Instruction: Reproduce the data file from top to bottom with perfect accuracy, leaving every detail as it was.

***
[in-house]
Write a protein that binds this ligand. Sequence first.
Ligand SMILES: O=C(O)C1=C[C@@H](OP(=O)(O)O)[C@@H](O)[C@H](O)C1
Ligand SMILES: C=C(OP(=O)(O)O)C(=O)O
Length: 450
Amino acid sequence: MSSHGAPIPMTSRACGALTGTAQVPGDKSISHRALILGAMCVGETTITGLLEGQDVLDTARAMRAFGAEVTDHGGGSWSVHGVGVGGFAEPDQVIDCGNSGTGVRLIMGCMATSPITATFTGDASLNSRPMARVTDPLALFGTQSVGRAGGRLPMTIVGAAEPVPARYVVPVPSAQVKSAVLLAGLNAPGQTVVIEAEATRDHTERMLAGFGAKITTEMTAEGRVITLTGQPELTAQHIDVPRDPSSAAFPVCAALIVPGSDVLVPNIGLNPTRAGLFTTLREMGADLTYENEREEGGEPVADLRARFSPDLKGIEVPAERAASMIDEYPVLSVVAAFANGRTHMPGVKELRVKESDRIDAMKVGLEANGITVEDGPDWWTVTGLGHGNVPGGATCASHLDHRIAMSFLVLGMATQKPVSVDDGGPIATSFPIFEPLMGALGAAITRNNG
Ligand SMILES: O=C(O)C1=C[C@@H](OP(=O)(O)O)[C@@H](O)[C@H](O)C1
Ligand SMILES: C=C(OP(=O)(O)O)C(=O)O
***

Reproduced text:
[in-house]
Write a protein that binds this ligand. Sequence first.
Ligand SMILES: O=C(O)C1=C[C@@H](OP(=O)(O)O)[C@@H](O)[C@H](O)C1
Ligand SMILES: C=C(OP(=O)(O)O)C(=O)O
Length: 450
Amino acid sequence: MSSHGAPIPMTSRACGALTGTAQVPGDKSISHRALILGAMCVGETTITGLLEGQDVLDTARAMRAFGAEVTDHGGGSWSVHGVGVGGFAEPDQVIDCGNSGTGVRLIMGCMATSPITATFTGDASLNSRPMARVTDPLALFGTQSVGRAGGRLPMTIVGAAEPVPARYVVPVPSAQVKSAVLLAGLNAPGQTVVIEAEATRDHTERMLAGFGAKITTEMTAEGRVITLTGQPELTAQHIDVPRDPSSAAFPVCAALIVPGSDVLVPNIGLNPTRAGLFTTLREMGADLTYENEREEGGEPVADLRARFSPDLKGIEVPAERAASMIDEYPVLSVVAAFANGRTHMPGVKELRVKESDRIDAMKVGLEANGITVEDGPDWWTVTGLGHGNVPGGATCASHLDHRIAMSFLVLGMATQKPVSVDDGGPIATSFPIFEPLMGALGAAITRNNG
Ligand SMILES: O=C(O)C1=C[C@@H](OP(=O)(O)O)[C@@H](O)[C@H](O)C1
Ligand SMILES: C=C(OP(=O)(O)O)C(=O)O